9. I couldn’t agree more. I have done some freelance work and it is a nice pat on the back when your invoice is paid within 24 hours of sending it. As previous posters have said, I would be more than willing to work with someone who normally pays very quickly if something unforeseen comes up. It’s people like you that make freelance work so rewarding.

    Thanks for the article and a great reminder Jamey!


  10. Probably. I was in the car (not driving!) and on my phone so maybe that is it. Basically I commented that I paid one of my freelance illustrators the day I left for Gen Con. I could have easily not paid until I returned, after all, I was quite busy preparing for the departure. But ultimately I decided that prompt payment was important. I’m sure he would have understood, but waiting that long for payment sucks. Plus, as you mention, always making prompt payments affords one some courtesies should any issues ever arise.

    I like his work and he always has a quick turnaround for me, so I try to always have a quick turnaround for him. We’ve built a nice working relationship over the year I’ve been working with him and I know that if I ask for this character or that character that he’ll give me exactly what I want. If anything needs to be changed, because of the relationship we have, he doesn’t gripe or nickle and dime me for the alterations. In return, I send payment as soon as possible, even if that means pausing for a moment between hauling luggage out to the car.

  11. I used to work for an employer who always waited until the last day (day 60) to pay people, and her logic? “It’s what all the big companies do”
    That logic is based on the ‘bigger’ companies holding onto the money for as long as possible for book balancing, interest and all manner of financial reasons, but we were paying freelancers a few hundred pounds here and there, and us holding the money made no difference to our books, but she was determined so that’s how it was. I hated the practise.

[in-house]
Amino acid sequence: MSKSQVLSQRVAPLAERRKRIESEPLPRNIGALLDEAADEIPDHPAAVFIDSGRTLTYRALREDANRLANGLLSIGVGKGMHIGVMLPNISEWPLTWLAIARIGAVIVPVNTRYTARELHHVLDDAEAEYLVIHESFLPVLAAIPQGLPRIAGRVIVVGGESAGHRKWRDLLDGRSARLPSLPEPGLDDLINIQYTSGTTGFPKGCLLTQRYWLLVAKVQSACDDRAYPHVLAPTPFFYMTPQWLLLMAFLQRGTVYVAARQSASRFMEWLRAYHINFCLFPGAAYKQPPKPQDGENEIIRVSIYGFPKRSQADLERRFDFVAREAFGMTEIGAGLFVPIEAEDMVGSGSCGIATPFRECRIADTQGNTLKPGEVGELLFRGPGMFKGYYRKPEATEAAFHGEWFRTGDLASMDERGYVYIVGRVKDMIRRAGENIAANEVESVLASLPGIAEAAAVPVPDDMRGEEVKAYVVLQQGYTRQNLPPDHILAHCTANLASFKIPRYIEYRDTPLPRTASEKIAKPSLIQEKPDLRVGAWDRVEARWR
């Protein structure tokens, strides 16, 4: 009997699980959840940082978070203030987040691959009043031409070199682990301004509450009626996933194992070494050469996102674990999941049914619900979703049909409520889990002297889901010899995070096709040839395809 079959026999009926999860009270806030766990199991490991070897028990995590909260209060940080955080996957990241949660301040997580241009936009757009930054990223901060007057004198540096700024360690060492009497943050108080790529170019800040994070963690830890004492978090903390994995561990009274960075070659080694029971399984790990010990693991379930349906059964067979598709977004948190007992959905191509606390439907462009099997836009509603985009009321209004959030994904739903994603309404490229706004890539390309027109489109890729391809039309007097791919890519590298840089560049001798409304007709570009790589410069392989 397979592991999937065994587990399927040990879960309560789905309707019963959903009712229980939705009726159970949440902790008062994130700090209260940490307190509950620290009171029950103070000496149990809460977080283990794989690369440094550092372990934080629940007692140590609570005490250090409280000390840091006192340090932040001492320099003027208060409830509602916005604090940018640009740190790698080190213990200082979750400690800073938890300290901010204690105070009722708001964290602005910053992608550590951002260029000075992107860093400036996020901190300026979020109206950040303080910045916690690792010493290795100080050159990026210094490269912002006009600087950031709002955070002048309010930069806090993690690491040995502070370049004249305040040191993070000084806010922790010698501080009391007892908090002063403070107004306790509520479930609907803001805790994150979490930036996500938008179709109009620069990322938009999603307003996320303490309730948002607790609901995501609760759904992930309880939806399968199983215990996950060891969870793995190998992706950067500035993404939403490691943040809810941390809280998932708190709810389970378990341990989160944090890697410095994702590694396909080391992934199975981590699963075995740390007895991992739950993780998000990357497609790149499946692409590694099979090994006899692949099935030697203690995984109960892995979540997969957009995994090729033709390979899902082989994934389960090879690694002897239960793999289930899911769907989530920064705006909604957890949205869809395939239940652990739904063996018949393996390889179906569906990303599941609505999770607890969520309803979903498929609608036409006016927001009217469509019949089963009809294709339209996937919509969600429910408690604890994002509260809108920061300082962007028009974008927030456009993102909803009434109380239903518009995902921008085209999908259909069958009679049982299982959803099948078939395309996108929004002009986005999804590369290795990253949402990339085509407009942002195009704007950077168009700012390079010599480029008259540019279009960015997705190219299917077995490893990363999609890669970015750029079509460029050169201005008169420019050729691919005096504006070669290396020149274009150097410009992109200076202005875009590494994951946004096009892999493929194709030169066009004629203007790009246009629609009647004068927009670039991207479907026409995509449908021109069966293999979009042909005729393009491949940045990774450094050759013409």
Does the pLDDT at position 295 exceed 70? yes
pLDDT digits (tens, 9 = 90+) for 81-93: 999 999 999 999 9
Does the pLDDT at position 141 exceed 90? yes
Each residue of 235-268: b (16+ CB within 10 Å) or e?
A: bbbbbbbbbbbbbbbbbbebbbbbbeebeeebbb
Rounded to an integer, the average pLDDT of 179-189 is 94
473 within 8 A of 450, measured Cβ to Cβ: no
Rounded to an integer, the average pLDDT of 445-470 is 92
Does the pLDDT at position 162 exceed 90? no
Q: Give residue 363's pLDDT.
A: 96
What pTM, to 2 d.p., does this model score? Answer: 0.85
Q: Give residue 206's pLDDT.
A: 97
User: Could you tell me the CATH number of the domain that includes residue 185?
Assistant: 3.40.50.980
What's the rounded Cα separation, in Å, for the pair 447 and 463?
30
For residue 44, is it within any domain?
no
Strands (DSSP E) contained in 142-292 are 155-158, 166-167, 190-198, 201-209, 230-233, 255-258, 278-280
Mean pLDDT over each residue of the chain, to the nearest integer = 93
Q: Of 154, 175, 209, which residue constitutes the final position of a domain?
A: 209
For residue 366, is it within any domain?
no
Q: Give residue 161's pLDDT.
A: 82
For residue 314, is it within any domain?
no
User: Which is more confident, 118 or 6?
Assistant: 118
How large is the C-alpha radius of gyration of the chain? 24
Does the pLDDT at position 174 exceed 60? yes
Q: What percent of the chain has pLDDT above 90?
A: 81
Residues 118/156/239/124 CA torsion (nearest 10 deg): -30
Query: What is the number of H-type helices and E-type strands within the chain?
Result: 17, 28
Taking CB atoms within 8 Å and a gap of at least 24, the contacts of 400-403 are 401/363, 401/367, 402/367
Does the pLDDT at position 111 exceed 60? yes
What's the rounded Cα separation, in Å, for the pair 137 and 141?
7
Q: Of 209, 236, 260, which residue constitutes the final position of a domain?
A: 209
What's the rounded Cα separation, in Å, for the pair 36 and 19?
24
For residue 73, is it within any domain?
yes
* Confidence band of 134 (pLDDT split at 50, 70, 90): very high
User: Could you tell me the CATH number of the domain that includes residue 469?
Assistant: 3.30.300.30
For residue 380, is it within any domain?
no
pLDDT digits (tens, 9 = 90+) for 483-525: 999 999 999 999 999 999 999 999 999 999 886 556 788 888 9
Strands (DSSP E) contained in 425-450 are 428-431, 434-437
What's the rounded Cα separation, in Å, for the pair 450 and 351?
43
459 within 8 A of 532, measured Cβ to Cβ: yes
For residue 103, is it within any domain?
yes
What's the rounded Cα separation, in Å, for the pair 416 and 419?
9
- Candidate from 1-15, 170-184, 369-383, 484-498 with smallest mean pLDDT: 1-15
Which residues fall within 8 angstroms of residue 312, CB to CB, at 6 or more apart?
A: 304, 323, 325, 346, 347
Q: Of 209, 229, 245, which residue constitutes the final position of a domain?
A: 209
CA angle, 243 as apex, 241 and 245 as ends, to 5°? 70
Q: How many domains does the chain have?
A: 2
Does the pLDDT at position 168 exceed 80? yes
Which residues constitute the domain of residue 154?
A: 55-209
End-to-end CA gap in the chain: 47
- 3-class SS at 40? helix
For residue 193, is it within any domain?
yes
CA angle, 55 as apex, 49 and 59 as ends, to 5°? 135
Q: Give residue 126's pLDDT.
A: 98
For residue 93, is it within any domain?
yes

With the freelancers we’re working with on our board game we pay them as soon as the invoice comes in. In fact we’ve had to ask for the invoice a few times once the work was done! Some of the payments will need to wait until after Kickstarter but we’ve made it very clear to the people involved and made sure everyone was happy with that arrangement before starting any work.

    1. Gino: “It’s what all the big companies do”. That’s unfortunate logic! :)

      That’s great that you actively pursue paying your freelancers. I’ve had to do that a few times with mine as well.

  12. Jamey, speaking of freelancers, do you have any 3D modeling freelancers that you would highly recommend to someone? I noticed you were printing your miniatures on Shapeways for your Scythe game.

    We love our freelancers here at RAINN Studios and are continually impressed by the amount of talent that is out there. If I ever feel like I can do something myself, a quick search will surely reveal my lack of competence in the area. = )

    1. Seth: I only work with the Scythe sculptors through the artist, so I don’t know them. The only sculptor I know who is currently accepting work is Chad Hoverter (Mice & Mystics). He works by hand, and he’s great.

  13. This often comes down to your personality. When you receive a deadline do you want to meet it or beat it. I know that when I give a freelancer a dead line and they bring me the product early it makes me feel as if they are excited and want to work on this project with me. Also as someone who is being paid when the contract says you will be paid in 30 days and you are paid immediately or even quickly it makes me feel appreciated and the next time I work with you I will want to beat your deadline with my best work. In my opinion it is these small things that make us feel as if we are truly part of the project and not just cogs in the machine.